Renovation vs. rejuvenation

Geoff Roberts
Geoff Roberts | 4 min. read

Published on April 4, 2011

To generate more rental income, it’s sometimes necessary to put a little work into your property. If a potential renter is comparing your property to a similar, less expensive property, the renter will need to be able to easily identify those aspects (whether it’s aesthetics or features) that make your unit worth more than the competition’s. Depending on where you’re starting from and where you want to go, upgrades may consist of as little as some simple “rejuvenation” projects or, alternatively, some larger-scale renovations.

Generally speaking, your bathroom and kitchen are two key areas that play a large role in making or breaking the value of your rental unit as compared to competitors’. All other factors being equal (such as size and location), chances are most renters will select the unit with a nicer looking or more upgraded bathroom or kitchen. Many renters will even be willing to pay a bit more if there is a noticeable difference or greater utility in one or both of these two rooms. In other words, these are the first places you should make improvements if you want to command additional rental income for your property. What does this mean exactly? Let’s take a look.

There’s not really any way around it—complete renovation of a bathroom or kitchen (appliances, lighting, tiling, fixtures, etc.) will cost you a few thousand dollars. However, it will also likely pay off in the form of a higher rent rate.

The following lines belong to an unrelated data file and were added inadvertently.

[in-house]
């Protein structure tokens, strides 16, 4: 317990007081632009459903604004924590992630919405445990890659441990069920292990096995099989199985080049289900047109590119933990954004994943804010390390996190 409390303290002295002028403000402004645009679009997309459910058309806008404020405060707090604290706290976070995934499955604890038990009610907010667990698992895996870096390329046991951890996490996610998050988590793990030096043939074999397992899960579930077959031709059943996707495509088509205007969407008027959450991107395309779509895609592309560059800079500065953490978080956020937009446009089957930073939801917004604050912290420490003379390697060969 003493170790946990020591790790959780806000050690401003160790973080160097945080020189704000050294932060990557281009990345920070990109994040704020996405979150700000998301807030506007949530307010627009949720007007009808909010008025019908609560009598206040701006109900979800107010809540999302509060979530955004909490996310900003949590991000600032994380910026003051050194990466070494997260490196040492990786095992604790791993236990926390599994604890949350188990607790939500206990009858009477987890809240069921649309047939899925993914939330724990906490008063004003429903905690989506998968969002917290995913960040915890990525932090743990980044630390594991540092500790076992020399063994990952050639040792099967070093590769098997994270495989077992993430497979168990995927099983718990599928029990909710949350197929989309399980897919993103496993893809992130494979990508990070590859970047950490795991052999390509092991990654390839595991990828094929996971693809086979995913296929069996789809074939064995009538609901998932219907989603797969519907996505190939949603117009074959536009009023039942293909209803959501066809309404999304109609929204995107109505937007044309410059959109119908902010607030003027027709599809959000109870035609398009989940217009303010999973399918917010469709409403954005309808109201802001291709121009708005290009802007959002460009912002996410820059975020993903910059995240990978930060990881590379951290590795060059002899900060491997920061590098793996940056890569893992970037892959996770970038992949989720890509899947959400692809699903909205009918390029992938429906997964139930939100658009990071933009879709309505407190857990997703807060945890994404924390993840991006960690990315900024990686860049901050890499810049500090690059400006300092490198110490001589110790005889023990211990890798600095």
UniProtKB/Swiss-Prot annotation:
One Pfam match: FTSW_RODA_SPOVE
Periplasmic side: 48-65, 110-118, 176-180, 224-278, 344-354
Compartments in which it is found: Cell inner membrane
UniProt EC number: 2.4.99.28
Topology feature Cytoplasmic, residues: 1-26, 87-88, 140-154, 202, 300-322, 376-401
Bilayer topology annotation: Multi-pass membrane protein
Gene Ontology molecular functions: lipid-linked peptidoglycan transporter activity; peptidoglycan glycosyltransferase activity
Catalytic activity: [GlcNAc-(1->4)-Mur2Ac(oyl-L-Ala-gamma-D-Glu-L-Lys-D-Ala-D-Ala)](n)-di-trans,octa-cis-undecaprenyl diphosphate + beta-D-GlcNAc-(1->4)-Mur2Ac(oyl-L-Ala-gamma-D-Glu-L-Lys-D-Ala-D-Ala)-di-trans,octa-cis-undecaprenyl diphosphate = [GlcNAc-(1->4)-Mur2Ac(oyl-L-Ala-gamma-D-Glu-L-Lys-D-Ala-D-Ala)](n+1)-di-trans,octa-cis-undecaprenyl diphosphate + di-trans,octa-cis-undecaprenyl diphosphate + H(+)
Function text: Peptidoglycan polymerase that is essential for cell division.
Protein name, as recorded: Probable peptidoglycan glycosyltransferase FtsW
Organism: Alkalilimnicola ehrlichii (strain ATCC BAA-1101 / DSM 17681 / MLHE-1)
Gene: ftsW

Consider a renter who is looking at your apartment and another similar one in your neighborhood. The apartments are the same size and age. However, your apartment has a new, updated kitchen complete with a dishwasher, updated appliances, new tiling, flooring, and lighting. Similarly, your bathroom has recently been redone—new tile, new tub, new sink, the whole nine yards. With all of these new upgrades, it’s likely that you can now command up to an extra $200 per month, depending on the rental market in your area. With that in mind, even if you spend a few thousand on each room, you will earn your investment back quickly because of your new-found ability to command a higher rent rate.

Let’s say that you simply don’t have the desire (or the financial resources) to make these overhauls. You can still drastically improve the aesthetic appeal of your units by making smaller changes that have a big impact. For the kitchen, put in new countertops, flooring, or up-to-date hardware on cupboards and drawers—this is a great way to modernize a dated kitchen, and can be done fairly inexpensively. Similarly, you can put new faucets and lighting fixtures in the bathroom or perhaps update the mirror for a more modern look. You can also consider re-doing bathtub porcelain with Miracle Method, which will cost far less than replacing the tub altogether.

Changes like these are far cheaper than a complete overhaul (a few hundred dollars as opposed to a few thousand dollars) and will still allow you to raise rent prices, though perhaps less significantly.

In addition to renovating or updating bathrooms and kitchens, remember that flooring or carpet should be thoroughly cleaned, waxed, or polished (or replaced if necessary). Particularly when showing vacant apartments to potential tenants, flooring provides a clear indication of how well-kept your unit is and adds to aesthetic appeal. The better impression you make, the easier it will be to command the rental rate you desire.

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Geoff Roberts

Geoff is a marketer, surfer, musician, and writer. He lives in San Diego, CA.

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